This template was, to the best of my knowledge, developed by Dr. Michael Covington. He kindly provided me with a copy, and I am making it available to students at UGA. You need two files,
You'll need the LaTeX environment installed on your computer. The LaTeX environment is available for most platforms:
If you prefer an integrated environment, some LaTeX IDEs are kile (KDE's Integrated LaTeX Editor), texmaker, and (... I guess I'll add to this list if I run into good recommendations).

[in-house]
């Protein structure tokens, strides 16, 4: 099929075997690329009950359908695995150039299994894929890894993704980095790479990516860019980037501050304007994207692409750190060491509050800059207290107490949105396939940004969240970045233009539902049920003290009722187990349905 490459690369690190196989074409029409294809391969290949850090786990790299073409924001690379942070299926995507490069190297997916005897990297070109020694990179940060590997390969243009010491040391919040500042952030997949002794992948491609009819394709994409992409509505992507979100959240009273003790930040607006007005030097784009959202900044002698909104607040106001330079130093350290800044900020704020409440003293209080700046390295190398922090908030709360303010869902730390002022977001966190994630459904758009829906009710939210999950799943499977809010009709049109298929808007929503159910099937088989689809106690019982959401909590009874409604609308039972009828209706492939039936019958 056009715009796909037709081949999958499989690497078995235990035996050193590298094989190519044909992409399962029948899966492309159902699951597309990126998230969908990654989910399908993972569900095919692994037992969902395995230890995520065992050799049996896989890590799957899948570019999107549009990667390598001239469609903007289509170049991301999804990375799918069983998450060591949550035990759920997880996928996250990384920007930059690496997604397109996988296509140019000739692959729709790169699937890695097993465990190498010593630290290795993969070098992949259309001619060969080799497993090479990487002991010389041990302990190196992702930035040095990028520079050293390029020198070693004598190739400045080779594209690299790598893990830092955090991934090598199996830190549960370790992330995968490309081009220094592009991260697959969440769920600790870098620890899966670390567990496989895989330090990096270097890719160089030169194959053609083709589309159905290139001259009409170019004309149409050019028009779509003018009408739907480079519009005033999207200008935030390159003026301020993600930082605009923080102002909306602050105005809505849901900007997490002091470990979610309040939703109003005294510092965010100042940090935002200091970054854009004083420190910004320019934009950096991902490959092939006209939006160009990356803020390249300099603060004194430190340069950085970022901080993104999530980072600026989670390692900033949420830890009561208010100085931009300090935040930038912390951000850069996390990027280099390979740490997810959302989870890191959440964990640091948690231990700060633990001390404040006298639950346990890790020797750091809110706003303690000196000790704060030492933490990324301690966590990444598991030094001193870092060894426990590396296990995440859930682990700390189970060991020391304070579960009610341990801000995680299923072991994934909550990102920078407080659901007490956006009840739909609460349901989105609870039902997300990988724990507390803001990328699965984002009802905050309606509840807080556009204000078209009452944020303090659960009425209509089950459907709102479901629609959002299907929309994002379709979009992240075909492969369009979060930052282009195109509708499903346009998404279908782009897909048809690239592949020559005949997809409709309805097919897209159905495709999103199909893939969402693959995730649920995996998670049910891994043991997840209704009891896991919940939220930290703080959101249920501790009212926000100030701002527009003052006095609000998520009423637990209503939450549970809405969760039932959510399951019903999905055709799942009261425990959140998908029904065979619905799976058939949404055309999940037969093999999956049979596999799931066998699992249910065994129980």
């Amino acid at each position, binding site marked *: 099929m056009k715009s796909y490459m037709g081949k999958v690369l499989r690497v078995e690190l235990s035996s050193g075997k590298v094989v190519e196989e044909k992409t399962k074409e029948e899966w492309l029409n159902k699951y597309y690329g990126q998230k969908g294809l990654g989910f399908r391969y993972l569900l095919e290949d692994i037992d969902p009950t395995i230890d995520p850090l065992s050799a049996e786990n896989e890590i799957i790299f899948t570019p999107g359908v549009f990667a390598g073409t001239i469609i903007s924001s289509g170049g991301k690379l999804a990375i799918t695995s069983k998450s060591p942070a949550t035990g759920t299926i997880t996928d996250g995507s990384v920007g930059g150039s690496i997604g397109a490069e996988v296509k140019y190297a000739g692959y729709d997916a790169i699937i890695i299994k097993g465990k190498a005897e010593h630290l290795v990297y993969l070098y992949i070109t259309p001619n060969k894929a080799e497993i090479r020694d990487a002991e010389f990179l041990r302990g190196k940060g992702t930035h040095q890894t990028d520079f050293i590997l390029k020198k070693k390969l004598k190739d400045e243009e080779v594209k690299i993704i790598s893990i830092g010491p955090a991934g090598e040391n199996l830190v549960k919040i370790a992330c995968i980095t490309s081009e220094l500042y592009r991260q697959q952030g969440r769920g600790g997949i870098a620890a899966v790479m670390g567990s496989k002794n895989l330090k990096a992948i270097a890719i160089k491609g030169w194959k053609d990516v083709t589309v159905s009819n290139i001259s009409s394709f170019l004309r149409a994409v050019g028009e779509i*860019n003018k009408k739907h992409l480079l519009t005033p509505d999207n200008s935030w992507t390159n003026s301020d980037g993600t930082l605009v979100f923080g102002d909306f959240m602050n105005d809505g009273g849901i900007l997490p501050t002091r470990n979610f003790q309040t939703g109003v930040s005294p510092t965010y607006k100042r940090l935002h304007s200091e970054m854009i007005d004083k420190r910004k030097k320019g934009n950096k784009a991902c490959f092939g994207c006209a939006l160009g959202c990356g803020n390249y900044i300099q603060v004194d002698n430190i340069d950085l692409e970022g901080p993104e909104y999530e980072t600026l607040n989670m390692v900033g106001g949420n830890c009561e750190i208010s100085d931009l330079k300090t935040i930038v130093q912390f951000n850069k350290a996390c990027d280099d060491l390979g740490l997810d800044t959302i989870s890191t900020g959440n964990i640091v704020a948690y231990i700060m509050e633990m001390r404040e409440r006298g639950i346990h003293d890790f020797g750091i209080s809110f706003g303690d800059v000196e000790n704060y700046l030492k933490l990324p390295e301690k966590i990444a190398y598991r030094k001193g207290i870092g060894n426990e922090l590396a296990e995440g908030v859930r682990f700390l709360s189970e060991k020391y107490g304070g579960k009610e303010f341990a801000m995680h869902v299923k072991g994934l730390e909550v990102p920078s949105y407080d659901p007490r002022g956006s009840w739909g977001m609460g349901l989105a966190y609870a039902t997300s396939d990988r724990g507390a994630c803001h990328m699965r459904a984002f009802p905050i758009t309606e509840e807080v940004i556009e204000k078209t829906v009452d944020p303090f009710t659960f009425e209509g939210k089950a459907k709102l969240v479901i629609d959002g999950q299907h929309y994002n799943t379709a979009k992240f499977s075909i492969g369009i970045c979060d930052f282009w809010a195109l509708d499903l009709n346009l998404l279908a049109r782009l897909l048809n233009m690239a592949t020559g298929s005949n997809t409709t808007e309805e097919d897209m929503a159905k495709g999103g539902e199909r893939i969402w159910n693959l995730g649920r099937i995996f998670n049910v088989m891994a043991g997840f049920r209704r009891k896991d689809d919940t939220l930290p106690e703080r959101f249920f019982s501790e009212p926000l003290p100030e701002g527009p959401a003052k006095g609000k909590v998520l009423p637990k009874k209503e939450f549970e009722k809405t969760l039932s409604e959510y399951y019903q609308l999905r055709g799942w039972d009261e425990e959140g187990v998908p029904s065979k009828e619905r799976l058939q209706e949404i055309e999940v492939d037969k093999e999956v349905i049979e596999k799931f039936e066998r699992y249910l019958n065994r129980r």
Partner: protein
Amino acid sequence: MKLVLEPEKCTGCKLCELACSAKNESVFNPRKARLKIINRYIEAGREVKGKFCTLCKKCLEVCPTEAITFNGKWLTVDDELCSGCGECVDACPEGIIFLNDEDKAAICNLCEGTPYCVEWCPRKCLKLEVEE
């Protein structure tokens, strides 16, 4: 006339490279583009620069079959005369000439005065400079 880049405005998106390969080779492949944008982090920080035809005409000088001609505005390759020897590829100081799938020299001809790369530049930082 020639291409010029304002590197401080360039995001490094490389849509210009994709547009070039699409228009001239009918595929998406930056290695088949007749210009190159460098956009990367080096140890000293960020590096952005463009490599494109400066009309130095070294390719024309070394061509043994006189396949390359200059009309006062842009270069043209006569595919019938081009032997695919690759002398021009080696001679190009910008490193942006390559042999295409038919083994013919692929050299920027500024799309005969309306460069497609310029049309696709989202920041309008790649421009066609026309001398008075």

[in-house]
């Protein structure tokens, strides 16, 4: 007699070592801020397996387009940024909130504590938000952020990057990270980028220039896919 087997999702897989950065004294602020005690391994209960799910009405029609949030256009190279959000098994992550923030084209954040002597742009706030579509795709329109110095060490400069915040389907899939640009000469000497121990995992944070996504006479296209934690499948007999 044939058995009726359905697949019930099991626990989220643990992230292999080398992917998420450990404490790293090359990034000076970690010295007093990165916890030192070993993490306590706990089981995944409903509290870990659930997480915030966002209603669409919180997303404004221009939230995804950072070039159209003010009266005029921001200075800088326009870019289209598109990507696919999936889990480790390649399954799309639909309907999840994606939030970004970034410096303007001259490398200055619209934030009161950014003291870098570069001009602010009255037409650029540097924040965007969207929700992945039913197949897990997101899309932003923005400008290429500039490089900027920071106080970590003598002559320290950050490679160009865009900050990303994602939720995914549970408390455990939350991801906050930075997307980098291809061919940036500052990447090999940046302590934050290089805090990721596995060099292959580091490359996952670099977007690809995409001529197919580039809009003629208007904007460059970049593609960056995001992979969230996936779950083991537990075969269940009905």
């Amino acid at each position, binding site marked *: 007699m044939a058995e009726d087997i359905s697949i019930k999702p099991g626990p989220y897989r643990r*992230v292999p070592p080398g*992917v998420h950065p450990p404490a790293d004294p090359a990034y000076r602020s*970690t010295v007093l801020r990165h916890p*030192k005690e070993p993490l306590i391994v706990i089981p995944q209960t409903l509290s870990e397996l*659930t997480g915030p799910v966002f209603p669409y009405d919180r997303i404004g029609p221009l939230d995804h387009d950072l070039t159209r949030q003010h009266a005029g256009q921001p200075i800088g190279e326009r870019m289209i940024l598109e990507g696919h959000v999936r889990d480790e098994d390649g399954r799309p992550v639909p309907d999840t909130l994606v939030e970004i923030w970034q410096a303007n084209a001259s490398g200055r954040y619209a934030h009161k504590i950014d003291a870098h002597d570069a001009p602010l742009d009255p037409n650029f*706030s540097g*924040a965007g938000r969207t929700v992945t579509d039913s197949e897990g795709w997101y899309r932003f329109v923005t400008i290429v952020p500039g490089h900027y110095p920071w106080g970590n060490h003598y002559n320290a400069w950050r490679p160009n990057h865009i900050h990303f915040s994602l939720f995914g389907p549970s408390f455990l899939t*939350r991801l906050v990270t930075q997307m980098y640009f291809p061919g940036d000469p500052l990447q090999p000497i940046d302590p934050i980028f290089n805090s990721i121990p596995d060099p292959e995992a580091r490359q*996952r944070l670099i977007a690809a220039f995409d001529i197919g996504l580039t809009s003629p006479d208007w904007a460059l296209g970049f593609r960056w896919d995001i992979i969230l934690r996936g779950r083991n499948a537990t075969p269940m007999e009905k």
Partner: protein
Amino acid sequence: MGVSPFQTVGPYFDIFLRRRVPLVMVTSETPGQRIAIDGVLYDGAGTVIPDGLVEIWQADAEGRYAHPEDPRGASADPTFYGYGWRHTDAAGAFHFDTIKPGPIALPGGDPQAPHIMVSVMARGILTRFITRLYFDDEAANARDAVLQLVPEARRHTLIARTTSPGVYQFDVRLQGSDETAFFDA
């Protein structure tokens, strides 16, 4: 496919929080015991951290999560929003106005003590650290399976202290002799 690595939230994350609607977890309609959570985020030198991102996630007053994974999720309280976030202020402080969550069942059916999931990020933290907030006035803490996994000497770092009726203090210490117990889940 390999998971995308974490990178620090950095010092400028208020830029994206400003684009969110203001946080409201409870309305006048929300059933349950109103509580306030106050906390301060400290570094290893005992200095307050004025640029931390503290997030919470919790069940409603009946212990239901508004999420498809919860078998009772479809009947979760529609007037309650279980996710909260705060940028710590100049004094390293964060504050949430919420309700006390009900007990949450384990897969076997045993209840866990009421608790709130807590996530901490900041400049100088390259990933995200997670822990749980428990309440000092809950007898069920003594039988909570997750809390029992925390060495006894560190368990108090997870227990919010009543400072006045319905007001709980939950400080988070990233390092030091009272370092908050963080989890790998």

In addition to the above you probably also want to have a citation manager. BibTeX files, exactly like .tex source files, are plain-text files and can be edited with any text editor. There are bibliography managers available, of course, such as kBibTeX, jabref, and as an interesting on-line alternative, Zotero.
First and foremost, consider the learning curve. You invest in LaTeX up-front, and you reap the benefits at a time when your graduation nears and the deadlines just hammer you. If you have your thesis/dissertation in decent shape at that time, LaTeX will do the work for you. Conversely, I have seen students struggle during this critical time period with the idiosyncracies of major word processors, which tend to act up in quite unpredictable ways as the document's file size grows.